When I first looked into this book it BLEW ME AWAY with the amount of incredible info stored in such a short volume. All the research that took me LONG periods of time to accomplish was done, and categorized in this paperback. It was dead on correct too. If you want the kindest, fairest, and easiest to understand assesment of this great debate over Bible translations pick this book up. It DOES not bash the KJV, in fact the author actually PRAISES the KJV. So please, before barking out your opinion on this issue, from either side. KNOW YOUR FACTS!!! Pick this book up TODAY!!!
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136 of 165 people found the following review helpful By Timotheos Josephus on March 1, 2000
Format: Paperback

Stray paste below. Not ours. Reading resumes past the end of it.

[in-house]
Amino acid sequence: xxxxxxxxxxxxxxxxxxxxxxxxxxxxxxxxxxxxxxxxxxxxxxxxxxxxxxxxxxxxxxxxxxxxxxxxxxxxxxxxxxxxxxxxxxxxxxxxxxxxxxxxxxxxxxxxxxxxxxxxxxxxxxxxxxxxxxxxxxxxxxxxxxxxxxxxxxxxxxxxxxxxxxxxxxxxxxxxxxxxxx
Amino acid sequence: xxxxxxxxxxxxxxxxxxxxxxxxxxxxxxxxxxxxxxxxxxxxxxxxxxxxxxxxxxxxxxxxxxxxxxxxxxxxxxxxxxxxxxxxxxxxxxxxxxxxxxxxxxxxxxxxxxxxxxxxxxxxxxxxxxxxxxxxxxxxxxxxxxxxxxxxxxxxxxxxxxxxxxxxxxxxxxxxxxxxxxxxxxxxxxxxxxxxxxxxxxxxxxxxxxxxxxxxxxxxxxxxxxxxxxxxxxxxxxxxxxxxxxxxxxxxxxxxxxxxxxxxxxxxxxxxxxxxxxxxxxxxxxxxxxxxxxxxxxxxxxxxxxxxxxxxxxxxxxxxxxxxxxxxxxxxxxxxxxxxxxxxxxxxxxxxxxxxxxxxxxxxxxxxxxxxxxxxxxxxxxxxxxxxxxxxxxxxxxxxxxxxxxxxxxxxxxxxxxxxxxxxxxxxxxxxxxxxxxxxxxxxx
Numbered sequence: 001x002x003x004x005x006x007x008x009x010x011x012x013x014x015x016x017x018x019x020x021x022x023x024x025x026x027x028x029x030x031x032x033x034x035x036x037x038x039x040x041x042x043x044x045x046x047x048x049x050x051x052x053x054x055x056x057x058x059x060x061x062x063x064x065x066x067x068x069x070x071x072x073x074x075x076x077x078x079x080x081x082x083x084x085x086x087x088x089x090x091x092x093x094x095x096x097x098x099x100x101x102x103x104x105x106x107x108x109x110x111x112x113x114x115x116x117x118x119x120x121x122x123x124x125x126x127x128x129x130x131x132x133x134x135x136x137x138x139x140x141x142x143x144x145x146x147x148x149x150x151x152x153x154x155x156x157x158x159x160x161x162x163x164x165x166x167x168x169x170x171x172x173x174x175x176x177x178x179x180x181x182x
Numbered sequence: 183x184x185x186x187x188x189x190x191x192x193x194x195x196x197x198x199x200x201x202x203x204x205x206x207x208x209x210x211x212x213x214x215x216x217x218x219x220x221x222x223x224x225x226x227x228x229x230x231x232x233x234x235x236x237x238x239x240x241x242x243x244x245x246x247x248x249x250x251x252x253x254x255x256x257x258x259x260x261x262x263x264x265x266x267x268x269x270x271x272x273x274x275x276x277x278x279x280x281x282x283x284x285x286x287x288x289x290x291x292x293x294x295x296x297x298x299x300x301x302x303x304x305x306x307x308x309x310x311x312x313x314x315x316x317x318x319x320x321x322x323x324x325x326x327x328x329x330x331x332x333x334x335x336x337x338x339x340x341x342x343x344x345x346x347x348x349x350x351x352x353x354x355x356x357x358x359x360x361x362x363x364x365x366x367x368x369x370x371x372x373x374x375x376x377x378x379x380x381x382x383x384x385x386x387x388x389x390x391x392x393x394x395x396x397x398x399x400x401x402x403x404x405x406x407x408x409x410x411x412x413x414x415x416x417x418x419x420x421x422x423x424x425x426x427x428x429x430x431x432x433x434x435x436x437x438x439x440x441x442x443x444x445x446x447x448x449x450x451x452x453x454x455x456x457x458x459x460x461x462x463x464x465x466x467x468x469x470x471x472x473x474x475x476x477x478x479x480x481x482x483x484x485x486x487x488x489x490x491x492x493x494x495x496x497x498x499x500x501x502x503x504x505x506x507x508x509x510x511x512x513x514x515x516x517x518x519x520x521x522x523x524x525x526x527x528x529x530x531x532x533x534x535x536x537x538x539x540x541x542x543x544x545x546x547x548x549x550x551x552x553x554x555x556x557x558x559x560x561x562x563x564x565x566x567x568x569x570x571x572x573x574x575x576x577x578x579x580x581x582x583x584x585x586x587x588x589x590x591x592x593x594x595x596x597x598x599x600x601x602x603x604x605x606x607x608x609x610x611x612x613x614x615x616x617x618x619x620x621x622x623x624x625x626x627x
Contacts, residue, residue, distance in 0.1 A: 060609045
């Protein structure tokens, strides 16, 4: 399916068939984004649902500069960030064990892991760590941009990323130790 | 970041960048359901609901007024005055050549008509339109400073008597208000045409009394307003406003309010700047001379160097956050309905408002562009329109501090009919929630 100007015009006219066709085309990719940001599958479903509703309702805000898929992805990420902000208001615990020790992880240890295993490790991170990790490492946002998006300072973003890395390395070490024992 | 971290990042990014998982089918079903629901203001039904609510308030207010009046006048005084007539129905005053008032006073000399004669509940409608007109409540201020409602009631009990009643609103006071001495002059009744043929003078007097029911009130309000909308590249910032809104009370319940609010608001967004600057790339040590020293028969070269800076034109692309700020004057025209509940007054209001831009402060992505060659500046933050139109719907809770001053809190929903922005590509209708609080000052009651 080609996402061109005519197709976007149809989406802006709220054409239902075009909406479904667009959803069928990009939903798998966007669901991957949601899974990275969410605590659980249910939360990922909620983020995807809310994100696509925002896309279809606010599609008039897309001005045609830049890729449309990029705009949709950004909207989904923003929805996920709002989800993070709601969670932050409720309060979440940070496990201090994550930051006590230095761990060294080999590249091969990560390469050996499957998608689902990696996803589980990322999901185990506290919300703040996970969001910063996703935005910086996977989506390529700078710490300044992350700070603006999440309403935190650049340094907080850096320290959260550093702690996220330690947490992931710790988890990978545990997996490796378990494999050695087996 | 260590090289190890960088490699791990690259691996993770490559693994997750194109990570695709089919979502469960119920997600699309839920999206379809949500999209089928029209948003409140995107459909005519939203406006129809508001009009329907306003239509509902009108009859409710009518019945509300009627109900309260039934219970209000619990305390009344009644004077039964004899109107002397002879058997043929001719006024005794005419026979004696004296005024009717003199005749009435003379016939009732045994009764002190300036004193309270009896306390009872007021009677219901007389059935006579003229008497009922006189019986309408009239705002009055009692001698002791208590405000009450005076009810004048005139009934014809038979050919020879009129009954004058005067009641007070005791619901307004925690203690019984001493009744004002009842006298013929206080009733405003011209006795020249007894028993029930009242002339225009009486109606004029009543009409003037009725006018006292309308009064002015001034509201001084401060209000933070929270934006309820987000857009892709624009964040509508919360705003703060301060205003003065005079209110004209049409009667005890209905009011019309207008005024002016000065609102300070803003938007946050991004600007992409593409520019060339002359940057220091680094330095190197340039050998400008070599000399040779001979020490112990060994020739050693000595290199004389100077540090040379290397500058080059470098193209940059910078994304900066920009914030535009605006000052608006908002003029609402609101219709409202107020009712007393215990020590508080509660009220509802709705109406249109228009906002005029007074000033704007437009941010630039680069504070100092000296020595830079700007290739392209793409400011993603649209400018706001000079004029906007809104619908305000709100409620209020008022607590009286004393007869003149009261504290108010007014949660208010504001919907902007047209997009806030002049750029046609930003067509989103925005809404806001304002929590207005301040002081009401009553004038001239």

This book is as thorough as could be possible in presenting its case. Since some have overtly slandered the author (James White), let me tell you what this book does NOT do. It does not tell people that the King James Version (KJV) is evil or that it should not be used. There are numerous places where Mr. White recommends using various translations (including KJV) to ascertain the exact meaning of a particular Biblical passage. The purpose of this book is to refute those people who would claim that the KJV is the only true word of God. Let me say Mr. White goes above and beyond in proving his case. Unfortunately, most of those who disagree will not read this book with an open heart and mind.
White covers basic manuscript and textual issues. He then gives some excellent background info regarding the making of the KJV. He also covers the numerous passages that "KJV only" advocates use in their arguments. After reading this book, I can not fathom how anyone could believe that the KJV is the only valid Bible translation.